The Messinian Reef Complex of Melilla, Northeastern Rif, Morocco
Published:January 01, 1996
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Jean-Paul Saint Martin, Jean-Jacques Cornée, 1996. "The Messinian Reef Complex of Melilla, Northeastern Rif, Morocco", Models for Carbonate Stratigraphy from Miocene Reef Complexes of Mediterranean Regions, Evan K. Franseen, Mateu Esteban, William C. Ward, Jean-Marie Rouchy
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The Messinian Melilla carbonate platform is composed of five main sedimentary units, from bottom to top: 1) a retrograding marly and conglomeratic unit, 2) a complex conglomeratic then prograding/aggrading carbonate unit, 3) a prograding/aggrading reef-complex unit, 4) an aggrading siliciclastic unit and 5) an aggrading/retrograding siliciclastic and carbonate unit. The platform developed throughout high-frequency relative sea-level rises and Stillstands, and relative sea-level drops are of minor importance. The reef complex mainly contains Porites buildups that exhibit southward progradational geometries. At the base, the reef complex developed on a marine planation surface. The youngest reefs show aggradational geometries and are associated with oolitic deposits. Cross sections constructed by removing late Messinian tectonics and compaction suggest that there was no significant relative fall in sea level during both platform and coral reef development, except at the end of the platform development.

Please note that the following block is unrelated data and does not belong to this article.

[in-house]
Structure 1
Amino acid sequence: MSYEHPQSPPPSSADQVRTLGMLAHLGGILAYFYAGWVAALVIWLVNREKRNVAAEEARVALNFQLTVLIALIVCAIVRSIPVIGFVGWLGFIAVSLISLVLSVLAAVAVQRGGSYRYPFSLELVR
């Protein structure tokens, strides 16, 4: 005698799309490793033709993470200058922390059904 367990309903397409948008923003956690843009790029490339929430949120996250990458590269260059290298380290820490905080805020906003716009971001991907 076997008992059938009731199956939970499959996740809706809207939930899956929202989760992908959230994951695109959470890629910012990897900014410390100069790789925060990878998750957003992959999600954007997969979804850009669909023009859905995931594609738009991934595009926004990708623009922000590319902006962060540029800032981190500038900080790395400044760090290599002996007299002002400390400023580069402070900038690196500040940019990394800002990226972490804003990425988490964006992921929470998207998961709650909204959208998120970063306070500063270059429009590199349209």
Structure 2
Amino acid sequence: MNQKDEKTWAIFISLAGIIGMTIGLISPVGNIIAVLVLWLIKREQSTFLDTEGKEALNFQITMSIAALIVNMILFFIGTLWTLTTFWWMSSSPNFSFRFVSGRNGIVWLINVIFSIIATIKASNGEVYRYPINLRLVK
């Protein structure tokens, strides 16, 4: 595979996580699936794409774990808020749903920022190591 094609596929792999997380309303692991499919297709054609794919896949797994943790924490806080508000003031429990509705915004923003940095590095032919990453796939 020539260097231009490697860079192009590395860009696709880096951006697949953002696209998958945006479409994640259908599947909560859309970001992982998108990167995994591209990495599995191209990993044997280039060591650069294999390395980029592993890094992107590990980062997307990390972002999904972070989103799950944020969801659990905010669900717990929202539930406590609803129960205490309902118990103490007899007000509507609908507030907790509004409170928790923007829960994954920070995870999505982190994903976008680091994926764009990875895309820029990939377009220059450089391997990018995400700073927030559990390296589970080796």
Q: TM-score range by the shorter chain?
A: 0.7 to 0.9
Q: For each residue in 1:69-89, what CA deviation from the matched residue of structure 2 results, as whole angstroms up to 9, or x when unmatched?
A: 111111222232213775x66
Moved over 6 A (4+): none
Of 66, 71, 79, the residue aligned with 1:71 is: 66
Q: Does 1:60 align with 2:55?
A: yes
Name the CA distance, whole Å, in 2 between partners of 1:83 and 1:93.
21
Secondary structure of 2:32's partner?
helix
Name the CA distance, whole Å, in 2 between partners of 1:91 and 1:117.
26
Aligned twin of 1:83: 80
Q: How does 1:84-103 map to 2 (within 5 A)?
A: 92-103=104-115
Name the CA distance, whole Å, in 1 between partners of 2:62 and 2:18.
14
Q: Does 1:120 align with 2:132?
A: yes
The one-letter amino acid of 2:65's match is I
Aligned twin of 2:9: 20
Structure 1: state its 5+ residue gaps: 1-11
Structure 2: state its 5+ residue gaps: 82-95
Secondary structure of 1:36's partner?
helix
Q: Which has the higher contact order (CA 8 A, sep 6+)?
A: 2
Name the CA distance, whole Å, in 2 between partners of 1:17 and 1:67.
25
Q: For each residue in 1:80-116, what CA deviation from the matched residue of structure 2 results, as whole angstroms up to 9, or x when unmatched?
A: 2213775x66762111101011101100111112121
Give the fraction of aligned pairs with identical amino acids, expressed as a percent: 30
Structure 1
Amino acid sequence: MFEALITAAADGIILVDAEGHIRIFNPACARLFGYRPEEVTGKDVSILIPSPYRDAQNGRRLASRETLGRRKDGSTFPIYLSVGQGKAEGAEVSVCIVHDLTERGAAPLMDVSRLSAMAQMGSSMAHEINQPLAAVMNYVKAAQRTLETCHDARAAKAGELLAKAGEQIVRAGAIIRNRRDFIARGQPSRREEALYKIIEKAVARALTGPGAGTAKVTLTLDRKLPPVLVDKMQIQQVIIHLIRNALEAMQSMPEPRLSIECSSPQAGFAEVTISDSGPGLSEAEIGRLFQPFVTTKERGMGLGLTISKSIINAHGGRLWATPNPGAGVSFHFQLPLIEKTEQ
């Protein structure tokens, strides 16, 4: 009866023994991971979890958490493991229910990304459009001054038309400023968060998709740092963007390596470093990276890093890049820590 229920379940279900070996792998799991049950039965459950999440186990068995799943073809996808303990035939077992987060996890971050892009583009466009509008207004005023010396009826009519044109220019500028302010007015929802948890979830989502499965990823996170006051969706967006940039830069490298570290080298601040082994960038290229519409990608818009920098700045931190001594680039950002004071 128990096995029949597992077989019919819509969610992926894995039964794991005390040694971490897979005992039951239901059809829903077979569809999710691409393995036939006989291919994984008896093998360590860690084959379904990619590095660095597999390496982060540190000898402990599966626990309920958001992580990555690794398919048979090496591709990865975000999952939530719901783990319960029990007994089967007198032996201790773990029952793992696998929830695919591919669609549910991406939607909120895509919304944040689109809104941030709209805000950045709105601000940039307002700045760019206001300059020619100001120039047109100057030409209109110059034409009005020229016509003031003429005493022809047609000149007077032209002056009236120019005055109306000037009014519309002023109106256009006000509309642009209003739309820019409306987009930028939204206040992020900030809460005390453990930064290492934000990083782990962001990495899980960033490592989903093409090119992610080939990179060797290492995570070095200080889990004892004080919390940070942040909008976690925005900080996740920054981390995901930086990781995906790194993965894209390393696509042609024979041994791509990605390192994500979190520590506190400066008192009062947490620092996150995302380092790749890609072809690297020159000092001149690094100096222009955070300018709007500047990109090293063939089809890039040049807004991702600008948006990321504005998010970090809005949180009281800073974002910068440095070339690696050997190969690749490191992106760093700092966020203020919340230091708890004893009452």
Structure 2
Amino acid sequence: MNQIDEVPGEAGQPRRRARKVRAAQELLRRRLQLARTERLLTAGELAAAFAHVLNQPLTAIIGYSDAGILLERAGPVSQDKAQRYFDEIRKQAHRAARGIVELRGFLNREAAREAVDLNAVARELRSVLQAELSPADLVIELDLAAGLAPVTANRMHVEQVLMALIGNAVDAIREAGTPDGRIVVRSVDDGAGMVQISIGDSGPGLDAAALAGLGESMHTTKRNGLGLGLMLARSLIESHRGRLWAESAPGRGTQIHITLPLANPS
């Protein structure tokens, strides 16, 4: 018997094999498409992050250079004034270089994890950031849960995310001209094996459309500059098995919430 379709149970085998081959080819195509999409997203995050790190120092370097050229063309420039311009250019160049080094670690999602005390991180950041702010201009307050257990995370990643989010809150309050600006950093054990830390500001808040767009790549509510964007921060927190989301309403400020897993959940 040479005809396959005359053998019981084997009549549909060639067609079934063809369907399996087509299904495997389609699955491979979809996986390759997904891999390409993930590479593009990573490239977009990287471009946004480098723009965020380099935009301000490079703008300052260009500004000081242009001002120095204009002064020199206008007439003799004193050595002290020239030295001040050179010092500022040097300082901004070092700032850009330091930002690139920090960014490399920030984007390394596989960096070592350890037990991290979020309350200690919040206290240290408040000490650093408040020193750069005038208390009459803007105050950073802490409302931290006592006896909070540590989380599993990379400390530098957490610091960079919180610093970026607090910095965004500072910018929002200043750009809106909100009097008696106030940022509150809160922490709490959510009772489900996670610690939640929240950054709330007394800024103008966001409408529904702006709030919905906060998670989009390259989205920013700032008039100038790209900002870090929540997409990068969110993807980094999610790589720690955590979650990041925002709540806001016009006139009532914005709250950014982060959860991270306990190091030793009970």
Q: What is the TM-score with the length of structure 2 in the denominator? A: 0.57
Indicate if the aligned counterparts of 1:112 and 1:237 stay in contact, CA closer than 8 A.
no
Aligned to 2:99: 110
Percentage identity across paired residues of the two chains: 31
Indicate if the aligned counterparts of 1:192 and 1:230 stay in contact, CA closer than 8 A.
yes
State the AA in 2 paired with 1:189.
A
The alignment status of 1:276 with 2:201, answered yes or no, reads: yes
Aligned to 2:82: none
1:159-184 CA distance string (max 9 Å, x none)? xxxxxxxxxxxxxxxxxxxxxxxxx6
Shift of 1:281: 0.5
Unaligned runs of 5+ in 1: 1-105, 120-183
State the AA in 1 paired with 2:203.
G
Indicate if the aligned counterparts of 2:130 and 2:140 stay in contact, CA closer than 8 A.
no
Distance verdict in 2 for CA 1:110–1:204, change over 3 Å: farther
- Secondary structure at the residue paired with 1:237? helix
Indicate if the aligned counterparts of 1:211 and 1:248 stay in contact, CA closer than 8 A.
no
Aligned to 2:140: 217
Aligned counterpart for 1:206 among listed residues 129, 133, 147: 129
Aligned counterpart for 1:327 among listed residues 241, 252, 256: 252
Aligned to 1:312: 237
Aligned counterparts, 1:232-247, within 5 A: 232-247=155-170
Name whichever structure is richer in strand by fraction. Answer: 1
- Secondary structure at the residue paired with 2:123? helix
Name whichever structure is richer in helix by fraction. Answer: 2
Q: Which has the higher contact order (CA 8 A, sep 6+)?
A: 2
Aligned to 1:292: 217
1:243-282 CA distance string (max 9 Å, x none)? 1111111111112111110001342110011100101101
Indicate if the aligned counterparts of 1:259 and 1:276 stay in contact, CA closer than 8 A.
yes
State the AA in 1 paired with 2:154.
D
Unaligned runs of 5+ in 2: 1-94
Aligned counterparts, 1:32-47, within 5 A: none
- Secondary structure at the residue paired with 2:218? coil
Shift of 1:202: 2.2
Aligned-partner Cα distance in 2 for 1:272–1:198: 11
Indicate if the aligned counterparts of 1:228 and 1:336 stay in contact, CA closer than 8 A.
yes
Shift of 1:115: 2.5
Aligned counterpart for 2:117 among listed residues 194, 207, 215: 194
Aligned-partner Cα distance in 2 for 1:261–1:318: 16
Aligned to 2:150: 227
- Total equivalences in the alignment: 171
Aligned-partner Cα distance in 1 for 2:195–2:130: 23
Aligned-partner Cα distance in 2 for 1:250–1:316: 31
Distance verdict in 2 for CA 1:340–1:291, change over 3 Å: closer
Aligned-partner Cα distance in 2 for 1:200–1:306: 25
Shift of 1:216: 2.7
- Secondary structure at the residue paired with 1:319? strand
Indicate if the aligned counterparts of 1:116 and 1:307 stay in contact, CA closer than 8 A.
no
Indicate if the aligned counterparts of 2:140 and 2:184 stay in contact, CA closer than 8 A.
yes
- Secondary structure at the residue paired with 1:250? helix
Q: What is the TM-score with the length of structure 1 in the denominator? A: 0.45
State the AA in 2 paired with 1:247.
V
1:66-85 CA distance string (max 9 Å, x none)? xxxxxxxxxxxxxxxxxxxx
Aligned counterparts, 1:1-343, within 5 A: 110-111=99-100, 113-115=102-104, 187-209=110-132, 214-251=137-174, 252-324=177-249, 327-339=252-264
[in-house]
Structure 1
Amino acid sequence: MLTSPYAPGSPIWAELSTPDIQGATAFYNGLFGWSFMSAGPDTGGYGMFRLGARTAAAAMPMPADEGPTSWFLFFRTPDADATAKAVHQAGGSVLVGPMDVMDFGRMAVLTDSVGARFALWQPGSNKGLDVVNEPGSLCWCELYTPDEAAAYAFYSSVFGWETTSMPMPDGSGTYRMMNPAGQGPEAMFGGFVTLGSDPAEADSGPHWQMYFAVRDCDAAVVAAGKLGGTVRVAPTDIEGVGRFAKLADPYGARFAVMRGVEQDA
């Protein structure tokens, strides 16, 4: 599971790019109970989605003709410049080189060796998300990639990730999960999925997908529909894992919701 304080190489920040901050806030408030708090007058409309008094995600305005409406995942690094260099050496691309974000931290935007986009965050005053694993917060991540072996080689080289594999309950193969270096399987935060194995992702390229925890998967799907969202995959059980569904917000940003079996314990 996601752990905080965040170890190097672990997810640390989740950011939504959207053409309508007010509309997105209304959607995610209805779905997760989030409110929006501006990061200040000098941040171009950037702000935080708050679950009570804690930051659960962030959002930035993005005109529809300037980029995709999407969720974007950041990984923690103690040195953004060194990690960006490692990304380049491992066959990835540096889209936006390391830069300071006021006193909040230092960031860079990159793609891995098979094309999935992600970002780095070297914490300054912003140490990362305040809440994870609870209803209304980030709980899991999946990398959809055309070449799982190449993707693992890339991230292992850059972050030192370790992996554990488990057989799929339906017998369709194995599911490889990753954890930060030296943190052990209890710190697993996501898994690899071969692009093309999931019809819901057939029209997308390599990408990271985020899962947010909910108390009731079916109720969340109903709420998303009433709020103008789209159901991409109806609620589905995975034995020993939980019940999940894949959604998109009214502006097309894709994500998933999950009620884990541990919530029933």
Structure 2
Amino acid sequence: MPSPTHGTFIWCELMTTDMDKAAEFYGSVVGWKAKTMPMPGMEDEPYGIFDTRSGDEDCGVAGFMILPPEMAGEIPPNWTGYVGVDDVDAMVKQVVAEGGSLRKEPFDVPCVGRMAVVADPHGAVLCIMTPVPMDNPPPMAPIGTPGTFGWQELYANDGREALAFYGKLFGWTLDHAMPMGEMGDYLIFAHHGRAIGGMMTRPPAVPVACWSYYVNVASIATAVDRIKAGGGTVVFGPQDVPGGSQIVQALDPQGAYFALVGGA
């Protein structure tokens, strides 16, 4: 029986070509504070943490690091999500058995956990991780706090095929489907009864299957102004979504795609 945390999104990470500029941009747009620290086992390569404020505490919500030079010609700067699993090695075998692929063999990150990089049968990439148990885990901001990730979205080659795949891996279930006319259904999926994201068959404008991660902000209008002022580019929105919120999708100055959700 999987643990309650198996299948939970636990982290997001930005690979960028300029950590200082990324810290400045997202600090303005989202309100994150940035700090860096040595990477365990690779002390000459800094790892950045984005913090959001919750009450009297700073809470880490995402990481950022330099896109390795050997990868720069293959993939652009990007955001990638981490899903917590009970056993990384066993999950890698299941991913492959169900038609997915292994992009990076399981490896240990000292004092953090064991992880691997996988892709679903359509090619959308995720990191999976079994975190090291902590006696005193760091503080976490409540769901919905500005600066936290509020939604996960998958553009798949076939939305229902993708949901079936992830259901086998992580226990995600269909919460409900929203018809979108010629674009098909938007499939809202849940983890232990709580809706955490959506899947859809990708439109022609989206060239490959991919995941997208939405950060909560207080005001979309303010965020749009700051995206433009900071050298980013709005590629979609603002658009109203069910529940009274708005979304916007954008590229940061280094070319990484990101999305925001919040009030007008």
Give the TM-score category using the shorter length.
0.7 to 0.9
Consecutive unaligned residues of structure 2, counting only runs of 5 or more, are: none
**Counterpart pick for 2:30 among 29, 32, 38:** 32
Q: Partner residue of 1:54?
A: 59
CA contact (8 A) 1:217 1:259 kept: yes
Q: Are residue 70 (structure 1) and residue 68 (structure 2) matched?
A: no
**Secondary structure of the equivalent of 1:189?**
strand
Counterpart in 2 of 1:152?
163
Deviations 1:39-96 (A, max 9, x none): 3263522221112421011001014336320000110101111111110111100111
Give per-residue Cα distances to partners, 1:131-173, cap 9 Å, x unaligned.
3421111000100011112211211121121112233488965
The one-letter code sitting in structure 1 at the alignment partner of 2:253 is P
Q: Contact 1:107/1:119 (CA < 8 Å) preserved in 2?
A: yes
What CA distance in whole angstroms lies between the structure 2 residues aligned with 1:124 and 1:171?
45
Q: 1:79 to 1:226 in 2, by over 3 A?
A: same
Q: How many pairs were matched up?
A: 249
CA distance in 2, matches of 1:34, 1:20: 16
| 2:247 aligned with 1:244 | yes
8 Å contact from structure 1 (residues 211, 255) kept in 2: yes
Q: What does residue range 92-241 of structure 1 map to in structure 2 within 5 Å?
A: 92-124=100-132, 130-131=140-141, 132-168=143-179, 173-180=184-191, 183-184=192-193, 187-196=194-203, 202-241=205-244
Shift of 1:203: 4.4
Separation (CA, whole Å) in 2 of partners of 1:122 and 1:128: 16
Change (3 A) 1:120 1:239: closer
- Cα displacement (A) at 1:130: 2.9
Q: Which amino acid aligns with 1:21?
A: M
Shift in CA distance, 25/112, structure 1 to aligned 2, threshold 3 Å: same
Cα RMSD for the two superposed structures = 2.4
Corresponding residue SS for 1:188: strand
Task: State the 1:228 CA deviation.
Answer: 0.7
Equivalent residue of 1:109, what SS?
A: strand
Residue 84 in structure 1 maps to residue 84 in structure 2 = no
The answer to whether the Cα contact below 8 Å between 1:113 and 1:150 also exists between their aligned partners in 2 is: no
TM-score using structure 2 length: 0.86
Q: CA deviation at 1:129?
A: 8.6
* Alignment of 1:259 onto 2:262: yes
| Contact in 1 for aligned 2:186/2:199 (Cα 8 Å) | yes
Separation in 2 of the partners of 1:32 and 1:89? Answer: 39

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Models for Carbonate Stratigraphy from Miocene Reef Complexes of Mediterranean Regions
Miocene carbonates are intensively explored and locally exploited for hydrocarbons in parts of the Mediterranean regions. The outcrop models presented in this publication provide excellent analogs for the highly productive Miocene carbonates from Iran, Iraq and Gulf of Suez and for smaller reservoirs in other localities. Lessons learned in the outcrops of the Mediterranean regions are applicable as well to Miocene carbonate reservoirs. The Miocene outcrops in Mediterranean regions can serve as models for the relationships between carbonate reservoirs, pre-evaporitic basinal sediments, and overlying evaporites. Additionally, the Miocene carbonate rocks exposed in the Mediterranean regions serve as important analogs for ancient carbonate-rimmed basins with or without basinal evaporites.